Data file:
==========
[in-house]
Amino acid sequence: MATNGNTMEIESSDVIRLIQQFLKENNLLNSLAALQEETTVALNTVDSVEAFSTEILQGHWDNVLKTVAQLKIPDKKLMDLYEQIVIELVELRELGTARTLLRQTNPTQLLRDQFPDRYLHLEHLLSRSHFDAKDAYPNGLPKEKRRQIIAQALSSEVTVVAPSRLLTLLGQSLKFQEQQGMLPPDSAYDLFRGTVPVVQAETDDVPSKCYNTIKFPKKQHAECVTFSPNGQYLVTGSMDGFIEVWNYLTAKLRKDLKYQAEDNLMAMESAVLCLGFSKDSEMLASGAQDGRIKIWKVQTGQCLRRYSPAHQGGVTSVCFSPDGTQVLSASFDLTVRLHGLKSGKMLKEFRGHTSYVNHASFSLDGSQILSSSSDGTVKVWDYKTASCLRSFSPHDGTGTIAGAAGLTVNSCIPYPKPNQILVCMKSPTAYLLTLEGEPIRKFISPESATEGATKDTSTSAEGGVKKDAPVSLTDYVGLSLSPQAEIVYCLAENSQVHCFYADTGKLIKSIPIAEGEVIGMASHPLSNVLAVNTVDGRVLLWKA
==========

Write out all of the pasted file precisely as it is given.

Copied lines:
[in-house]
Amino acid sequence: MATNGNTMEIESSDVIRLIQQFLKENNLLNSLAALQEETTVALNTVDSVEAFSTEILQGHWDNVLKTVAQLKIPDKKLMDLYEQIVIELVELRELGTARTLLRQTNPTQLLRDQFPDRYLHLEHLLSRSHFDAKDAYPNGLPKEKRRQIIAQALSSEVTVVAPSRLLTLLGQSLKFQEQQGMLPPDSAYDLFRGTVPVVQAETDDVPSKCYNTIKFPKKQHAECVTFSPNGQYLVTGSMDGFIEVWNYLTAKLRKDLKYQAEDNLMAMESAVLCLGFSKDSEMLASGAQDGRIKIWKVQTGQCLRRYSPAHQGGVTSVCFSPDGTQVLSASFDLTVRLHGLKSGKMLKEFRGHTSYVNHASFSLDGSQILSSSSDGTVKVWDYKTASCLRSFSPHDGTGTIAGAAGLTVNSCIPYPKPNQILVCMKSPTAYLLTLEGEPIRKFISPESATEGATKDTSTSAEGGVKKDAPVSLTDYVGLSLSPQAEIVYCLAENSQVHCFYADTGKLIKSIPIAEGEVIGMASHPLSNVLAVNTVDGRVLLWKA